“The central bank does not want foreign exchange reserves to fall below $600 billion. This will show India’s strength in the midst of a war,” a senior central bank watcher said.
Strong foreign exchange reserves should enhance India’s relative attractiveness as an investment destination in the context of the current tight global liquidity situation.
“Foreign portfolio investors are seen exiting emerging markets amid global uncertainties,” said Kunal Sodhani, Associate Vice President, Shinhan Bank.
“Crude oil has started to rise again, reflecting concerns in the commodity market with the ongoing Russian-Ukrainian war. It is only natural that the RBI maintains strong foreign exchange reserves, which puts India in a better position among its global peers,” he said.
To this effect, the Reserve Bank of India (RBI) should stop doing sell-buy swaps under which the central bank would sell dollars in the spot market at a specified rate, only to buy forward.
A bank participating in such an auction window would have to return the dollars after the contractual period offered by the RBI.
CRR increased to 4.50%
As the central bank plans to abandon this tool, it instead announced a 50 basis point increase in the cash reserve ratio (CRR) with effect from May 21 to suck Rs 87,000 crore from the interbank market as part of of its current program. cash withdrawal plan.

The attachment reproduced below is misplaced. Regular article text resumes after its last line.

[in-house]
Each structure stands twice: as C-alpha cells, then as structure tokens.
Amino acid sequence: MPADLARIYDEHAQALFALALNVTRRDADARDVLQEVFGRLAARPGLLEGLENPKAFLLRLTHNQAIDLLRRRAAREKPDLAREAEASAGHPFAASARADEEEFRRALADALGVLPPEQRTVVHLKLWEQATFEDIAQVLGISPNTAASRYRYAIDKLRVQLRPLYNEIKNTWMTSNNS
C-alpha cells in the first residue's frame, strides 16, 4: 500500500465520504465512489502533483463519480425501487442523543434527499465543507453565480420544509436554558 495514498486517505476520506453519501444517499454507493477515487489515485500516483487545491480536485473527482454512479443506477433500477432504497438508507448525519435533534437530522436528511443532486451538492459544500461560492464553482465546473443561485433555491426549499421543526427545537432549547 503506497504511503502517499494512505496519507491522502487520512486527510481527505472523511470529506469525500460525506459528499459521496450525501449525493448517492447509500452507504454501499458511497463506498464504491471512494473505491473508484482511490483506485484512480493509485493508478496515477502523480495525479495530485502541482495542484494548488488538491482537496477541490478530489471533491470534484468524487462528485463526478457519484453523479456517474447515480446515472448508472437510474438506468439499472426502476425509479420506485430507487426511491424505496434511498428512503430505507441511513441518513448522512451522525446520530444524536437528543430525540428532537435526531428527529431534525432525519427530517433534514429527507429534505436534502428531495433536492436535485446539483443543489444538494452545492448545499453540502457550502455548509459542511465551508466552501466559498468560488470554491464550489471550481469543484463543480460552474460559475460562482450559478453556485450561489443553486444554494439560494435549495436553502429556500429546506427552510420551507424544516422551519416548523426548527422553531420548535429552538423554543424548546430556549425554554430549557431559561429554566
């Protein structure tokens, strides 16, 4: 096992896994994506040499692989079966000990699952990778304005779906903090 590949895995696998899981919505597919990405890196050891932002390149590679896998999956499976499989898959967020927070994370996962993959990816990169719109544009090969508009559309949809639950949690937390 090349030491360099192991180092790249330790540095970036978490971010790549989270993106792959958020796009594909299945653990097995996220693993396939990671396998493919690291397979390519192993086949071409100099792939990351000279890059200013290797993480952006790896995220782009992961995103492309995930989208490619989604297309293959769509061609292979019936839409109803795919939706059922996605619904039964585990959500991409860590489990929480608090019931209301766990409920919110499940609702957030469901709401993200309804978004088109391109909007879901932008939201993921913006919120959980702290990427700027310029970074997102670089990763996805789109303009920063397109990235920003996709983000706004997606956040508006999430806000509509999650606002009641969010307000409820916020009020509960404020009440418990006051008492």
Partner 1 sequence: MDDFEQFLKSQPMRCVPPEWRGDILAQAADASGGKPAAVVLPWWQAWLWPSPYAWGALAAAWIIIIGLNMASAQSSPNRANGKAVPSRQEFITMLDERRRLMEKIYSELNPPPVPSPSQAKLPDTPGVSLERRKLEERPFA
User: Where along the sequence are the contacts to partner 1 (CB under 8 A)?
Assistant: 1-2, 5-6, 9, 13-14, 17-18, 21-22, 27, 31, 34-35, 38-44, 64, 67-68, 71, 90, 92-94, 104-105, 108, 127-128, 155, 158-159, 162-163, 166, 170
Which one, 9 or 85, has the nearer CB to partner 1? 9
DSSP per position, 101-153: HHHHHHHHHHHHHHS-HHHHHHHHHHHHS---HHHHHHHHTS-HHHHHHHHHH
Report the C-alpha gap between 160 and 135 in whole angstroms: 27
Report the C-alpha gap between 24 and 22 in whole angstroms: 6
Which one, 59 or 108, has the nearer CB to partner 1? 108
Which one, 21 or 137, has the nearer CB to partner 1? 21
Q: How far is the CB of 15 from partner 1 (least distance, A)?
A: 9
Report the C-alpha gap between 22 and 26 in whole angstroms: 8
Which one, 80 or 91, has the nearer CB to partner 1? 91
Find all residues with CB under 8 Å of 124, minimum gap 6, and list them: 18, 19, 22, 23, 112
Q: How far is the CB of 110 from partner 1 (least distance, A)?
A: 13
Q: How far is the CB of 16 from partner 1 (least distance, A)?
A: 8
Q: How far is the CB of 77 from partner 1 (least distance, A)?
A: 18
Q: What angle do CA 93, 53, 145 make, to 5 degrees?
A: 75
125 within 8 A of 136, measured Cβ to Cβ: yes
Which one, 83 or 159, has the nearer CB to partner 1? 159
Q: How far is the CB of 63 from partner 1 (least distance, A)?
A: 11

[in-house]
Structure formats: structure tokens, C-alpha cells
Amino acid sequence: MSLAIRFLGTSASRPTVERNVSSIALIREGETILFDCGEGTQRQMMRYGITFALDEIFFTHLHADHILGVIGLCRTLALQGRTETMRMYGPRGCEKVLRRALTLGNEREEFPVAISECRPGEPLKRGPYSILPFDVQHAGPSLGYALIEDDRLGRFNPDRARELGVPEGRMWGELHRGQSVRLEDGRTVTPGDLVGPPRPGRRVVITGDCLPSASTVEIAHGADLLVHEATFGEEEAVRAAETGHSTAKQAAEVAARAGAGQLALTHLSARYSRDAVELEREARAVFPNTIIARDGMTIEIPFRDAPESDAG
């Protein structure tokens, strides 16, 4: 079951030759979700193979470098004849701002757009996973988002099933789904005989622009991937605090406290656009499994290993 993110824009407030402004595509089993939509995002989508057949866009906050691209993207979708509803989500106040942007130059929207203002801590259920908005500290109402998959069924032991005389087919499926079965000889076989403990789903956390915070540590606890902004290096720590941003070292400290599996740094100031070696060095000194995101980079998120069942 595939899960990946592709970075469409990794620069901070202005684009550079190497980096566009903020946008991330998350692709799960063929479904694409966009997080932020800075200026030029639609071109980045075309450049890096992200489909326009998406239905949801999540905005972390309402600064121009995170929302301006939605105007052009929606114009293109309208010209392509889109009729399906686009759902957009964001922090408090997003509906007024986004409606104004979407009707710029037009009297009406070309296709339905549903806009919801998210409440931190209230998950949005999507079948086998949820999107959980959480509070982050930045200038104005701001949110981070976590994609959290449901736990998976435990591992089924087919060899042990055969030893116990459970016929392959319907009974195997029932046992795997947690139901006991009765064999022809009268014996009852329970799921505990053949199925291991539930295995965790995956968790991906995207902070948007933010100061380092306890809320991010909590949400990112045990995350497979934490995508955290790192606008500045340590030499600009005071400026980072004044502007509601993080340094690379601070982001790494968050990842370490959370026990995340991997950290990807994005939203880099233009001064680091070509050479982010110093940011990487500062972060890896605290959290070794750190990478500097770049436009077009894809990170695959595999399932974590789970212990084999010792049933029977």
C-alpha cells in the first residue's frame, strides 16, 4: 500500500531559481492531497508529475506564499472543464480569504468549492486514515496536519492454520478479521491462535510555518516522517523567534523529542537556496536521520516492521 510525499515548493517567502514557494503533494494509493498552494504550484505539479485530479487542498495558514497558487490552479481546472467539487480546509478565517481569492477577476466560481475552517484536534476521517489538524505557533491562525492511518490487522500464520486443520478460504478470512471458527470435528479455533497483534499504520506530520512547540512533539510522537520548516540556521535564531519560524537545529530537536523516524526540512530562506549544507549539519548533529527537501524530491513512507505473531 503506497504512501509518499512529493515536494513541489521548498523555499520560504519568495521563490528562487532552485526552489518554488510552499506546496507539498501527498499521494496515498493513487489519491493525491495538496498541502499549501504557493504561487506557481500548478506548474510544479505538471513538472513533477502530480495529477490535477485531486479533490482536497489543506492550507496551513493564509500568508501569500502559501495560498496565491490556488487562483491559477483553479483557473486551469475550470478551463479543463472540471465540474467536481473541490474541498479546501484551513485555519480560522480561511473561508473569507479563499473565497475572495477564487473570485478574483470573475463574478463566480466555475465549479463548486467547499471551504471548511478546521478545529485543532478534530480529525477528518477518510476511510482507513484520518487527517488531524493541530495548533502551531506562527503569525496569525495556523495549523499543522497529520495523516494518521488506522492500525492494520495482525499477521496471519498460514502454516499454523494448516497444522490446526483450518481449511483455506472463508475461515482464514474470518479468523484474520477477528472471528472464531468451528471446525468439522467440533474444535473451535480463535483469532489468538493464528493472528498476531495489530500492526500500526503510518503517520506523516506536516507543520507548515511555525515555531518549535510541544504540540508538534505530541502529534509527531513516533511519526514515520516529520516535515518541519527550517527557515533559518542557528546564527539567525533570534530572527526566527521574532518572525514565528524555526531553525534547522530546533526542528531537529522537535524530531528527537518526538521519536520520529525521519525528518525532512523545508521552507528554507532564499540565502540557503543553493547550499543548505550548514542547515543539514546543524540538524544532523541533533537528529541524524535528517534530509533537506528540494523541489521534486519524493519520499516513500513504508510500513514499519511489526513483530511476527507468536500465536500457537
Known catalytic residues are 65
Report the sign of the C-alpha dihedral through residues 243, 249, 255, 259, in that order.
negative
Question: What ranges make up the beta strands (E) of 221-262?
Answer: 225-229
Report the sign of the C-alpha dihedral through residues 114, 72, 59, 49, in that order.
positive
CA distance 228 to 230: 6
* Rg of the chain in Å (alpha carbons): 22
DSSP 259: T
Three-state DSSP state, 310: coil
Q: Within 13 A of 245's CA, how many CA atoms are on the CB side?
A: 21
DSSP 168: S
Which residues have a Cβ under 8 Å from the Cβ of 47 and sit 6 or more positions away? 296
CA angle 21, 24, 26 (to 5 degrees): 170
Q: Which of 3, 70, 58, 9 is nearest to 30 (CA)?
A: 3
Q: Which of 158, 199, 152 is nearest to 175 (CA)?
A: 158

A basis point is one hundredth of a percentage point. The CRR, now at 4.50%, is the interest-free portion of bank deposits held with the RBI.
India’s foreign exchange reserves have been depleted by nearly $35 billion since the start of the Russian-Ukrainian war. Foreign exchange reserves stood at $597 billion at the end of April 29, down from their record high of $642.453 billion recorded on September 3 last year. India’s reserves cover almost 12 months of imports. India is the fifth-largest holder of foreign exchange reserves with $600 billion, with Russia ranked fourth with $607 billion, the data shows.